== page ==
Désolée, la mise à jour de mon blog est en suspend du fait d’un incident d’appareil photo… Un petit poucet est passé par là et voilà… Il faudra attendre que j’en rachète un mais quand (?) Telle est la question… J’en ai bien un autre petit mais les photos ne sont pas terribles du tout.
How To Identify Fake Ethiopian Opal
The popularity of Ethiopian Opals has exploded in the last few years. Buyers always need to be on the look out and do their best at knowing how to identify fake Ethiopian Opal.
So many shops across the world now carry Ethiopian Opal and sell them to the general public at a price point that is lower than Australian Opals. Many buyers do not have experience with this type of Opal and many of them think they are being sold synthetic or fake opals. We will try to explain the best ways on how to identify fake Ethiopian Opal below.
- Ethiopian Opals are mostly Hydrophane and do have waxy different feel compared to other Opals and this can confuse new opal buyers. It is fine if the Opal feels like this.
- Always source your Ethiopian Opal from a reputable seller. We cannot stress this enough. A good seller will talk you through your potential purchase and even if you are not happy with it, they should always be willing to swap the Opal for a different one or discuss a refund.
- Try your best to educate yourself before you buy. The more you know what a real Ethiopian Opal looks like the easier it will be to buy a real Opal.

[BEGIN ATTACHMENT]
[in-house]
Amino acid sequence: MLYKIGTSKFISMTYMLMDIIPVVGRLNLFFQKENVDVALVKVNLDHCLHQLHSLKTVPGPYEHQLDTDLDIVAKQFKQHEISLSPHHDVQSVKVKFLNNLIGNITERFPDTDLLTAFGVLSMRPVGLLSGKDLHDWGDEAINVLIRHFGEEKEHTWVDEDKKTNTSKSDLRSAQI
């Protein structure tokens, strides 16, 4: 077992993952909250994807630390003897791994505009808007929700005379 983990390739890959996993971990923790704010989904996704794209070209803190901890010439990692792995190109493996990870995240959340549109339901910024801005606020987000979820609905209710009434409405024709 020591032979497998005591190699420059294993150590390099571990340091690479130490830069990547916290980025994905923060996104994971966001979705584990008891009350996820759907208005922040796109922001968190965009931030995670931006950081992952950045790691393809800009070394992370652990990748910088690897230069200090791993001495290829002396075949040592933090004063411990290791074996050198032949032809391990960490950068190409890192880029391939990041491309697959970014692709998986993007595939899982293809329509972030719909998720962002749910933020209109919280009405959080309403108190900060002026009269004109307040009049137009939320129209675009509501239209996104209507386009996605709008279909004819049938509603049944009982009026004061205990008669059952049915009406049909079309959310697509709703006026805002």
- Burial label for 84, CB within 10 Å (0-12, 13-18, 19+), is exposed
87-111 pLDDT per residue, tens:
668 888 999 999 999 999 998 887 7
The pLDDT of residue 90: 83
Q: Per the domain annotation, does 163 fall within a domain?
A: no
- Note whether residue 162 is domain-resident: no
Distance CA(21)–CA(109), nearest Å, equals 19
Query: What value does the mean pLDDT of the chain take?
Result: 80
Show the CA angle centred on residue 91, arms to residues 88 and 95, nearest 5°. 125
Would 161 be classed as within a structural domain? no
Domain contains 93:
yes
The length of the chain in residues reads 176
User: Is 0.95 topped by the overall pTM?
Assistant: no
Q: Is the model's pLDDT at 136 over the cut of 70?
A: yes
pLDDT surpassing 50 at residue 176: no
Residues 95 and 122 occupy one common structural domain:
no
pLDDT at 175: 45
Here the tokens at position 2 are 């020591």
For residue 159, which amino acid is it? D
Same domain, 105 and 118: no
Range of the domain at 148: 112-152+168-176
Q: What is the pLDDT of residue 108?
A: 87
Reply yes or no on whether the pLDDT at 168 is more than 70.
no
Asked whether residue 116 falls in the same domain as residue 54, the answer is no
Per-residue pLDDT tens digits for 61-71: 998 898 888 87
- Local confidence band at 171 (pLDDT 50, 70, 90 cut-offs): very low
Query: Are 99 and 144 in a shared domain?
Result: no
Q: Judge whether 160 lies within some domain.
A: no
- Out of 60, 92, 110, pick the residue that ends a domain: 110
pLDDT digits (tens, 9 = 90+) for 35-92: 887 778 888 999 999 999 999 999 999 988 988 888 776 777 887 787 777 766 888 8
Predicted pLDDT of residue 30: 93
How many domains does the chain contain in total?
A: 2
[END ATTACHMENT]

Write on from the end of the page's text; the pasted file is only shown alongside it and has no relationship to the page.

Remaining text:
- If you can ask the advice of a Gemologist to help you or an Ethiopian Opal expert.
- Look closely at the pattern in the Ethiopian Opal. Fake or synthetic Ethiopian Opal will usually be ‘too perfect’ and look man made. A natural opal will have less systematic patterns. They will also sometimes have a difference of colour or brightness across the Opal.
- Look for what gemologists call ‘Columnar’ structure or ‘snake skin’ pattern. This is the sign of a fake Ethiopian Opal.
- Look at the shape of the Ethiopian Opal, even a polished natural Opal will not be perfectly round or oval. Many times fake Ethiopian Opal will be perfectly round in shape.
Below are examples of Natural Ethiopian Opals, note all the different patterns.
See below for pictures of fake Opals.
On Opal Auctions all of our sellers are verified and have knowledge about Ethiopian Opals. Our sellers have sold approx 20,000 Ethiopian Opals with many sellers visiting Ethiopia to purchase rough Opal themselves.
Synthetic Ethiopian Opals are not allowed to be listed on Opal Auctions.
Our Sellers have clear exact rules on how to describe Ethiopian Opals on Opal Auctions-
- If Ethiopian Opal is smoked, it has to be listed as smoked and not listed as Black Opal
- Ethiopian Opal cannot be called Black Opal unless it is certified by an approved gem testing laboratory
- If the Ethiopian Opal is treated in oil it has to be disclosed as a treated Opal
- Dark base Ethiopian Opal is to be named as Dark Brown Opal
- If the Opal is treated with Opticon or any other method of treatment, it has to be listed as treated.
If you are interested in the patterns found in Ethiopian Opal please read this informative article about patterns written by GIA.